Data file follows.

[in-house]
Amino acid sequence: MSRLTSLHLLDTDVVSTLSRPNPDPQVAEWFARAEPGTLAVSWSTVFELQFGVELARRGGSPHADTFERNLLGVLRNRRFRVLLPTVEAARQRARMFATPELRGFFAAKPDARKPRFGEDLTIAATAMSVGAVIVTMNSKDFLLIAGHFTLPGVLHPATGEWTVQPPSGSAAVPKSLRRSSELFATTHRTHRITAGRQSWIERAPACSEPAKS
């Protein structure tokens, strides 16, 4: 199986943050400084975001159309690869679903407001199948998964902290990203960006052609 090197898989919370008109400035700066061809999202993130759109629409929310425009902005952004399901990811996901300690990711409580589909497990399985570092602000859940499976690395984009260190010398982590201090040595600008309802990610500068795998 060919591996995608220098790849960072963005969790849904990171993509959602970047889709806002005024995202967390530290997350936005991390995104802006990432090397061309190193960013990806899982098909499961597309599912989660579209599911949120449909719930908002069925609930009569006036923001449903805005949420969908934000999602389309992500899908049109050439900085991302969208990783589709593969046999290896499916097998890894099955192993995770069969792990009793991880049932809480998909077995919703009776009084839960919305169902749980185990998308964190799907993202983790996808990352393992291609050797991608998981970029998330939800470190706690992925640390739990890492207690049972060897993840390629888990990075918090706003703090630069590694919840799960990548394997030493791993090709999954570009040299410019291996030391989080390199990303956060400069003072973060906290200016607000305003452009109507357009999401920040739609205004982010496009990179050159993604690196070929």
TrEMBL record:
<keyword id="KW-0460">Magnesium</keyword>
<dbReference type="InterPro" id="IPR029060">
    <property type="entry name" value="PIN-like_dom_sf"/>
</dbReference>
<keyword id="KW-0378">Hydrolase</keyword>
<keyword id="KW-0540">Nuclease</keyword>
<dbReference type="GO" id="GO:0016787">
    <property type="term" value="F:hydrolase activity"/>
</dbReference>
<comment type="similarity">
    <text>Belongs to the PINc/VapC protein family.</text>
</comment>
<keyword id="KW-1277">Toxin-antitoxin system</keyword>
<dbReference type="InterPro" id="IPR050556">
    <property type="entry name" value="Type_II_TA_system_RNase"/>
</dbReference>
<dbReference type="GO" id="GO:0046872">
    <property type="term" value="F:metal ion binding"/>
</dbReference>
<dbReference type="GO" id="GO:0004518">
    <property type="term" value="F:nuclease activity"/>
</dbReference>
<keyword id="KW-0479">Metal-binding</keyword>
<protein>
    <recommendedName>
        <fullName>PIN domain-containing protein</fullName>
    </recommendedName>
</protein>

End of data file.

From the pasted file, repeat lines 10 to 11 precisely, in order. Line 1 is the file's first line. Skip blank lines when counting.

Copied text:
<keyword id="KW-0540">Nuclease</keyword>
<dbReference type="GO" id="GO:0016787">